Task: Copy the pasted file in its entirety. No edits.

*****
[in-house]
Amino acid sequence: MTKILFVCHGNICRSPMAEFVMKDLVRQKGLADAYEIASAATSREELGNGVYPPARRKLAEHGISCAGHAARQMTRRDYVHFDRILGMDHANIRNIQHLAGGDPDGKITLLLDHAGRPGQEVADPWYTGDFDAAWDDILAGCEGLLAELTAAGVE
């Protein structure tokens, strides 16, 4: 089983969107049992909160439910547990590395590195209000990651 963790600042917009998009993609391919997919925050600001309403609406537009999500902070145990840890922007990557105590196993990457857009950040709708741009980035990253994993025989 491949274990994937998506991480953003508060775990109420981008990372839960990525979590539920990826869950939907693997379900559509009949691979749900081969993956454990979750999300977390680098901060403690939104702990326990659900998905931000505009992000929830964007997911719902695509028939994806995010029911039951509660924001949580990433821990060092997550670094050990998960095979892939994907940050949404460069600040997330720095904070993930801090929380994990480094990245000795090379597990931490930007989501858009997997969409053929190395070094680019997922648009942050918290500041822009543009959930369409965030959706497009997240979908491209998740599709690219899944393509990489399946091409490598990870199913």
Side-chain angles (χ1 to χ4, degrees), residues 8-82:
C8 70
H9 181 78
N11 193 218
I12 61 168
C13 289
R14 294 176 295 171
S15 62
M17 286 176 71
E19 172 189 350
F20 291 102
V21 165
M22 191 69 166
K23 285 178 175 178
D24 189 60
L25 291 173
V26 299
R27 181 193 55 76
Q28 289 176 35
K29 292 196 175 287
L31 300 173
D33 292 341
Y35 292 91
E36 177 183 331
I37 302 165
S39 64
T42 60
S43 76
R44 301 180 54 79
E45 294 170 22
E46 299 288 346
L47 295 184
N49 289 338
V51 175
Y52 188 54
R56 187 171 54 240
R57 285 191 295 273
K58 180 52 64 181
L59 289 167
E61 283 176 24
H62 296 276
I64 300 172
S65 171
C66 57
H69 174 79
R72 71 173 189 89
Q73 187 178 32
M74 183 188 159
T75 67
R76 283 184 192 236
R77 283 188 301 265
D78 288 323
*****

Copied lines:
[in-house]
Amino acid sequence: MTKILFVCHGNICRSPMAEFVMKDLVRQKGLADAYEIASAATSREELGNGVYPPARRKLAEHGISCAGHAARQMTRRDYVHFDRILGMDHANIRNIQHLAGGDPDGKITLLLDHAGRPGQEVADPWYTGDFDAAWDDILAGCEGLLAELTAAGVE
């Protein structure tokens, strides 16, 4: 089983969107049992909160439910547990590395590195209000990651 963790600042917009998009993609391919997919925050600001309403609406537009999500902070145990840890922007990557105590196993990457857009950040709708741009980035990253994993025989 491949274990994937998506991480953003508060775990109420981008990372839960990525979590539920990826869950939907693997379900559509009949691979749900081969993956454990979750999300977390680098901060403690939104702990326990659900998905931000505009992000929830964007997911719902695509028939994806995010029911039951509660924001949580990433821990060092997550670094050990998960095979892939994907940050949404460069600040997330720095904070993930801090929380994990480094990245000795090379597990931490930007989501858009997997969409053929190395070094680019997922648009942050918290500041822009543009959930369409965030959706497009997240979908491209998740599709690219899944393509990489399946091409490598990870199913």
Side-chain angles (χ1 to χ4, degrees), residues 8-82:
C8 70
H9 181 78
N11 193 218
I12 61 168
C13 289
R14 294 176 295 171
S15 62
M17 286 176 71
E19 172 189 350
F20 291 102
V21 165
M22 191 69 166
K23 285 178 175 178
D24 189 60
L25 291 173
V26 299
R27 181 193 55 76
Q28 289 176 35
K29 292 196 175 287
L31 300 173
D33 292 341
Y35 292 91
E36 177 183 331
I37 302 165
S39 64
T42 60
S43 76
R44 301 180 54 79
E45 294 170 22
E46 299 288 346
L47 295 184
N49 289 338
V51 175
Y52 188 54
R56 187 171 54 240
R57 285 191 295 273
K58 180 52 64 181
L59 289 167
E61 283 176 24
H62 296 276
I64 300 172
S65 171
C66 57
H69 174 79
R72 71 173 189 89
Q73 187 178 32
M74 183 188 159
T75 67
R76 283 184 192 236
R77 283 188 301 265
D78 288 323